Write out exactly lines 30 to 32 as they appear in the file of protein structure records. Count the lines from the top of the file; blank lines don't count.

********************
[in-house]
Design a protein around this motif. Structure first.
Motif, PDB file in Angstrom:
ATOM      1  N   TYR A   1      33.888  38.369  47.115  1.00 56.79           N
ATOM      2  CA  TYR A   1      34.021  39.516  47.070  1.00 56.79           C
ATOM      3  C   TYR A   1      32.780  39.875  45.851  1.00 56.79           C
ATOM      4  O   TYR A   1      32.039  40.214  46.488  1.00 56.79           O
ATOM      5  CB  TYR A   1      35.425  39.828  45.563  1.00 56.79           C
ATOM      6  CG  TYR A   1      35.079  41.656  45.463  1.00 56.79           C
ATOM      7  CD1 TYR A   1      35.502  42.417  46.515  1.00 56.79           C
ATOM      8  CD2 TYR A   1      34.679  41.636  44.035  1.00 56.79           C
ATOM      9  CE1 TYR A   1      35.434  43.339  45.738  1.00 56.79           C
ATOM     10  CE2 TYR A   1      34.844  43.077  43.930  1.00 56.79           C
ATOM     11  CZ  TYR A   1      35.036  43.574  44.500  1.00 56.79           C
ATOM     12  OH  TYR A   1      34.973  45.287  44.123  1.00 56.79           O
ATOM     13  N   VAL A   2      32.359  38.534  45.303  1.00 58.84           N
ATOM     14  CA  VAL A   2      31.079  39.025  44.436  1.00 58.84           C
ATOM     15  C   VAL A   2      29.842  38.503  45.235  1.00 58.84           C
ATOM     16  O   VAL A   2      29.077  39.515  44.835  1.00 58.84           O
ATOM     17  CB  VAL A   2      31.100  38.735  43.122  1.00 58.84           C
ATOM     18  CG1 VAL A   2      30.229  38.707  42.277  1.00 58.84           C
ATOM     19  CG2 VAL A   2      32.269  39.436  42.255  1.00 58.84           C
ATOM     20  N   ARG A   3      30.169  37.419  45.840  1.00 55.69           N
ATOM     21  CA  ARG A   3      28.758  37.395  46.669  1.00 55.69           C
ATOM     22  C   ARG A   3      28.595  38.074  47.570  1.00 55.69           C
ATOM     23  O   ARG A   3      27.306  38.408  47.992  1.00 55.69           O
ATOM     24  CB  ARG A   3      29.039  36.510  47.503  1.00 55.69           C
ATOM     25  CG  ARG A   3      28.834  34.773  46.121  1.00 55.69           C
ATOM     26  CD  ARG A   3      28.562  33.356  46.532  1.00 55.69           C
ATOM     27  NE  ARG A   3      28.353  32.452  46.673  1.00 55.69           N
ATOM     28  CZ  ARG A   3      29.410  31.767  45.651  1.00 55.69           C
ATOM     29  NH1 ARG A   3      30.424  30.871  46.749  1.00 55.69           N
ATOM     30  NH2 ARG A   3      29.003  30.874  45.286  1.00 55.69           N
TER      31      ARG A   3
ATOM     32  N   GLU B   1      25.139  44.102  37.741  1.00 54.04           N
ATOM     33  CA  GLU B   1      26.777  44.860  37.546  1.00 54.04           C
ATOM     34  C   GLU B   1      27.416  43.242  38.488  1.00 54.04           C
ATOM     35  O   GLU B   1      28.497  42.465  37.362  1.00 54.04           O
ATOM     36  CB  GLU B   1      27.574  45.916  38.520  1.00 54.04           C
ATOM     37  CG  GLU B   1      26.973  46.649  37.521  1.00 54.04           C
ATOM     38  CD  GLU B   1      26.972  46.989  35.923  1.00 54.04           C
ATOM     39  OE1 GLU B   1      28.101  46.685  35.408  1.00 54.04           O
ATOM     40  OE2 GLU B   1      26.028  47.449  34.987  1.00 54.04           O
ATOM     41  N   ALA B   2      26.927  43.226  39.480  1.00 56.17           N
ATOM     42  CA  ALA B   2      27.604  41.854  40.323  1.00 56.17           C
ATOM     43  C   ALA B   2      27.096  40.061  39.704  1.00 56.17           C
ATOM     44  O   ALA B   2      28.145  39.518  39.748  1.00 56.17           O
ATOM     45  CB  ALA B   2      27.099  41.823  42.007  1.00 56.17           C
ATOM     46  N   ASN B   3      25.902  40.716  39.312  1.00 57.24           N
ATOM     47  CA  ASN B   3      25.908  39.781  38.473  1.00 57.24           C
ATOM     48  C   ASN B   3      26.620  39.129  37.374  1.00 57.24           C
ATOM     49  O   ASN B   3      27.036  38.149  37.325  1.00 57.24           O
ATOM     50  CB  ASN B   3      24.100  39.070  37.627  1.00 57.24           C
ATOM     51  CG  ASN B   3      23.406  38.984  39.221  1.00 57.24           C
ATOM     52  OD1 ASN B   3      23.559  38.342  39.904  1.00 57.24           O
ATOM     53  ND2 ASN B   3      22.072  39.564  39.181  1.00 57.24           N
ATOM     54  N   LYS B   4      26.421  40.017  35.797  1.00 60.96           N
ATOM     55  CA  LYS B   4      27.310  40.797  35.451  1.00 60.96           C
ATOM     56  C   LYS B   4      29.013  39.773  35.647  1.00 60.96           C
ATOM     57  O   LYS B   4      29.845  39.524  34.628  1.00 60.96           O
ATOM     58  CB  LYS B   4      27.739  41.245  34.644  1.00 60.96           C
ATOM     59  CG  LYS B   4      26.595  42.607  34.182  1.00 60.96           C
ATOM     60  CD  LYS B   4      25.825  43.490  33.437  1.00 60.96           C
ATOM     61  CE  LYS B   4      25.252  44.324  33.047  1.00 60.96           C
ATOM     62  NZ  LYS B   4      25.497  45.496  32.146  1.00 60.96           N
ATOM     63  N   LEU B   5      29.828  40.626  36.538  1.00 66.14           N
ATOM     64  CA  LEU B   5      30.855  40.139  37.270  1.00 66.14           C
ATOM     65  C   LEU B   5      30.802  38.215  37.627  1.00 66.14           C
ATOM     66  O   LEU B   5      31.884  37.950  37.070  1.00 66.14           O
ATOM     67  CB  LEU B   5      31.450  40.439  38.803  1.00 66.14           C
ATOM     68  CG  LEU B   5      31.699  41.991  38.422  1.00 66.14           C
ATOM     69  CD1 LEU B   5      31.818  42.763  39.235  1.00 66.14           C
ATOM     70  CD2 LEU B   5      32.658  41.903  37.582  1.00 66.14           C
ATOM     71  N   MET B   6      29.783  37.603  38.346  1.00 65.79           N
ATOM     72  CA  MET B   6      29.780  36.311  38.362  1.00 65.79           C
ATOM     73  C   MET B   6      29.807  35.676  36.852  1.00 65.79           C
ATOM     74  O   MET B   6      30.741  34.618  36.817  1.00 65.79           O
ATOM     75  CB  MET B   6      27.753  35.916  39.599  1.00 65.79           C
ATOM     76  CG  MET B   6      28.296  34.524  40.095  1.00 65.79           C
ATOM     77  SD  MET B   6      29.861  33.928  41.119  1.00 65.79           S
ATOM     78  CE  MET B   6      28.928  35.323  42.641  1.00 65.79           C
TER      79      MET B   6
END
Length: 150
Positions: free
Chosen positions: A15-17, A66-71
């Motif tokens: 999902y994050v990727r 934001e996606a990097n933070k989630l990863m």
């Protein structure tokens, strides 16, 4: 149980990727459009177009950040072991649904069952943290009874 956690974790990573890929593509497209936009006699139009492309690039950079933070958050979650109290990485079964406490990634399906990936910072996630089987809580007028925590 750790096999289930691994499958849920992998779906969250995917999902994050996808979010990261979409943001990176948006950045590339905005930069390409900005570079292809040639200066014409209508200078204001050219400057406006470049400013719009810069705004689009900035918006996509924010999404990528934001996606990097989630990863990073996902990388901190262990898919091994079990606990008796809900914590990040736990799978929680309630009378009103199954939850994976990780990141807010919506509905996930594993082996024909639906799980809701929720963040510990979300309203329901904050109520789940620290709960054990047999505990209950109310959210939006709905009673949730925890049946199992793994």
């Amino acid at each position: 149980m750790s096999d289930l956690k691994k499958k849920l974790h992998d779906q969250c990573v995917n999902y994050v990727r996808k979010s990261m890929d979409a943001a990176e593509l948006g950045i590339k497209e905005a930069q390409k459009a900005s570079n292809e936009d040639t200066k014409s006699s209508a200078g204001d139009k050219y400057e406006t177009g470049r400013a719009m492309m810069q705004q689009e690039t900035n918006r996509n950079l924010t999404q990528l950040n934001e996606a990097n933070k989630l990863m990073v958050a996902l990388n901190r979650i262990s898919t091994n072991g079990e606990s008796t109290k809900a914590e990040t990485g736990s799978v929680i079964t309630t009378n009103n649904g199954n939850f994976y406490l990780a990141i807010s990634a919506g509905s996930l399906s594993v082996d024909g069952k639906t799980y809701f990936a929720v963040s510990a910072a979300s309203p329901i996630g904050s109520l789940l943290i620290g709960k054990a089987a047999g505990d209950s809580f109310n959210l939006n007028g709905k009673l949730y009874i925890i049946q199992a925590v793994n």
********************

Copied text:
ATOM     27  NE  ARG A   3      28.353  32.452  46.673  1.00 55.69           N
ATOM     28  CZ  ARG A   3      29.410  31.767  45.651  1.00 55.69           C
ATOM     29  NH1 ARG A   3      30.424  30.871  46.749  1.00 55.69           N